Issued by CEMO Center - Paris
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Crisis maker: Erdogan's army universally hated for its presence in 10 countries (Part 5)

Monday 04/January/2021 - 03:02 PM
The Reference
Mahmoud al-Batakoushi


The policy of the Turkish regime at the hands of President Recep Tayyip Erdogan has transformed from zero problems with which the Justice and Development Party (AKP) started its rule in 2002, to a hostile policy seeking to fabricate problems, as the Turkish army has spread to several regions outside the country, reaching more than 10 countries. This has made Turkey’s army carry a colonial character that everyone rejects and hates, which has ultimately negatively affected Turkey's international and regional relations.

This was confirmed by IYI Party MP Ayton Cheray, who said that his country has become hated by the Arab countries and the whole world, commenting on the expansion of the army outside the borders.

The MP affirmed that the Turkish government is thus encouraging illegal immigration by taking irrational measures, as the Turkish army was involved in a war that had nothing to do with it.

It suffices to say that, after the declaration of the republic, the modern Turkish army participated in six wars, of which Erdogan's share was three, as he seeks to implement his expansion plans.

The Turkish military presence was represented in Ankara establishing military bases for it in many countries of the Middle East and Africa, hoping to have an effective and influential regional position and role, as Ismail Hakki, the former deputy chief of military intelligence in the Turkish Chief of Staff, confirmed that Ankara's strategy depends on ending the principle of military isolation and starting a new era of active Turkish military policy, which in turn enabled Turkey to acquire military bases in vital areas.


Ismail Hakki

Hakki said that these military bases helped Turkey to protect its strategic interests outside its borders and to establish a security structure and a permanent political and military influence there, which enabled it to compete with major powers in the region and impose its agenda.

The Republic of Northern Cyprus is the first geographical spot on which Turkey has established its bases and deployed its military forces. On July 20, 1974, Turkey entered the island of Cyprus with the aim of protecting the Turkish Cypriots.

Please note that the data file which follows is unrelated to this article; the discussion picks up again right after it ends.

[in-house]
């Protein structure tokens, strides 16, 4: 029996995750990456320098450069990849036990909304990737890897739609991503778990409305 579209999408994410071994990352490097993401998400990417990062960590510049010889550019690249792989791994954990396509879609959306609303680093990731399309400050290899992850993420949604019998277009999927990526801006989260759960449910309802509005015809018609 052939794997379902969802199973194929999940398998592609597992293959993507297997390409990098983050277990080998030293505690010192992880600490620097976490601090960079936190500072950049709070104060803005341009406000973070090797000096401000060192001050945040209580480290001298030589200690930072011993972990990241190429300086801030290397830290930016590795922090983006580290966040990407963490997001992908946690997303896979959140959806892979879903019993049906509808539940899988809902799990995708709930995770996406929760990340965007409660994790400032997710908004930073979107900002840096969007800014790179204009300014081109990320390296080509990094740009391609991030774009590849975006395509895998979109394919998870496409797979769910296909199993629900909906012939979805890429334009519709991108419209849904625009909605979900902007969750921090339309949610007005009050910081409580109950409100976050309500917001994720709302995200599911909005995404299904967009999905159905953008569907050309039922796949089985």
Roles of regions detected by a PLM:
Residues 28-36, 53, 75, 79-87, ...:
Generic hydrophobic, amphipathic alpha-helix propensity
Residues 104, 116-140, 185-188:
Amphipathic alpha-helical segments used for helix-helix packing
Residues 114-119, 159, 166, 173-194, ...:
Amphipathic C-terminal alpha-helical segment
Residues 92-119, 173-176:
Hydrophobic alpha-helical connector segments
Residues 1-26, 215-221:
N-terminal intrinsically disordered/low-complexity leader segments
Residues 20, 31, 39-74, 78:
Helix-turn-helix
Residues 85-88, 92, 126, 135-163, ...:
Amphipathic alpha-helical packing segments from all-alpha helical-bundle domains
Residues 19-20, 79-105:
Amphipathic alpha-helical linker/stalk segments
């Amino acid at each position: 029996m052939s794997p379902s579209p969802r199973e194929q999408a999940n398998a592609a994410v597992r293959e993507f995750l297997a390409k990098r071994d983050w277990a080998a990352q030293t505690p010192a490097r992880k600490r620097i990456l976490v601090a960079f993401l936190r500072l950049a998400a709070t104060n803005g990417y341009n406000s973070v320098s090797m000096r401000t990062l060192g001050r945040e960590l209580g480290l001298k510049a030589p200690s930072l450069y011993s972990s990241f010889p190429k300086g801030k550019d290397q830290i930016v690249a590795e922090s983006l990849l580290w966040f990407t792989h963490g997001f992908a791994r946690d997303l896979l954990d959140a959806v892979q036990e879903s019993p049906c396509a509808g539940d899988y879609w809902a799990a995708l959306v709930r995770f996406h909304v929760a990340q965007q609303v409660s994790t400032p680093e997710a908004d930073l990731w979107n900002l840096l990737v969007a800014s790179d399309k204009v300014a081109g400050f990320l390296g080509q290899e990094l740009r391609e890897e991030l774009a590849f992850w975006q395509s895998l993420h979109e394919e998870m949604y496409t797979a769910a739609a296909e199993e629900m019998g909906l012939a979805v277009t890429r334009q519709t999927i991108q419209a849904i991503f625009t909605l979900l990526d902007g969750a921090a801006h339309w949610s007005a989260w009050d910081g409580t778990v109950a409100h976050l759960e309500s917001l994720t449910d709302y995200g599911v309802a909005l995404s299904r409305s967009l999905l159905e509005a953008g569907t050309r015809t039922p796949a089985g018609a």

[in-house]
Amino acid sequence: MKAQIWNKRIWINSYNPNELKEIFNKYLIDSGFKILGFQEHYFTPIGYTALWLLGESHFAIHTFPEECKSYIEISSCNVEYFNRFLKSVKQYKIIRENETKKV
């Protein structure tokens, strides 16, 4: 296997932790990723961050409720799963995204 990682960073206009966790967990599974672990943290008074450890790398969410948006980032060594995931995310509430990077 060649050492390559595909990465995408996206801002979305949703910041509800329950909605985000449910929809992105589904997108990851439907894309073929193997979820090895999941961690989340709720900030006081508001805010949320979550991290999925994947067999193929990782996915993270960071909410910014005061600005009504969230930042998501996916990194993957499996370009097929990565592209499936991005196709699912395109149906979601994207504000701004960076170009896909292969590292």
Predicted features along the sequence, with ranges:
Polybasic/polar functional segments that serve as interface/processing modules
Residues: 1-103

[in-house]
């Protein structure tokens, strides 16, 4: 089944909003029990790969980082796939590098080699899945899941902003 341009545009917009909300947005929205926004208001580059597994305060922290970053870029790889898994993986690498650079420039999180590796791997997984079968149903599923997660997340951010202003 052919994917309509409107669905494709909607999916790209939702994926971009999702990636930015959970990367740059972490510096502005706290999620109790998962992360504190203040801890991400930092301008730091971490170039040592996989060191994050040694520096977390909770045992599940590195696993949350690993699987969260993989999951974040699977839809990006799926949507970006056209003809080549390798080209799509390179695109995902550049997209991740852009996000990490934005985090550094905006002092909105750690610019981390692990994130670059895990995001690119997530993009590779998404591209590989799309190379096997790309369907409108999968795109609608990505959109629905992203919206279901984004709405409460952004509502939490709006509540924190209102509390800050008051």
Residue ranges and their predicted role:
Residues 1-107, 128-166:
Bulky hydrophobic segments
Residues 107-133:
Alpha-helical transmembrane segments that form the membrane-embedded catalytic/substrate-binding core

The number of Turkish soldiers in Cyprus is 30,000, and Turkey has a number of military bases that include tanks and aircraft.

Turkey also has had a military base in Qatar since 2016, and Ankara has spent $39 million on the base, which is capable of receiving 3,000 soldiers, in addition to naval and air forces, so that it is a cat's claw in the Gulf region.

Turkey set up its first official base in Africa in Somalia, at a cost of nearly $50 million, with 1,500 soldiers as a first payment.

The TURKSOM base is the largest for Turkey abroad, and it is able to receive naval units, military aircraft and commandos. Three military schools are attached to the base, which is supervised by 200 Turkish officers. The base overlooks the Indian Ocean, not far from the Gulf of Aden and the Bab al-Mandab Strait, making it strategically located to serve Erdogan's dubious goals.

In addition, Turkish army forces were found in Libya to support the Government of National Accord (GNA) militias in Tripoli, according to suspicious military agreements concluded by the Turkish president with GNA head Fayez al-Sarraj in November 2019. Turkey sent a number of troop carriers and drones that it produces to Tripoli, and press reports spoke of the presence of Turkish forces estimated at 3,000 soldiers in military bases in western Libya.

In Iraq, former Turkish Prime Minister Ben Ali Yildirim admitted in 2018 that there are 11 Turkish military bases inside Iraq. Among these bases, the Bashiqa base, located on the outskirts of the city of Mosul, includes about 2,000 soldiers and dozens of tanks and long-range cannons. Turkish bases are also spread throughout northern Iraq along the borders from the Habur crossing to the Soran region.

In Syria, Turkey has set up 12 observation points inside the governorates of Idlib, Hama and Aleppo, in agreement with Russia, and Turkey maintains a number of military bases in the regions of Al-Bab, Jarablus, Azaz and Afrin, which are areas located on the Turkish-Syrian border.

In 2017, Turkey reached an agreement to establish a military base in Djibouti, as it is an important African center in view of its strategic location on the Red Sea, and the same thing happened with Niger, as Turkey sought to establish a military base in Sudan in 2017 under an agreement for the reconstruction and management of the island of Suakin located on the Red Sea, but the overthrow of Sudanese President Omar al-Bashir halted the scheme.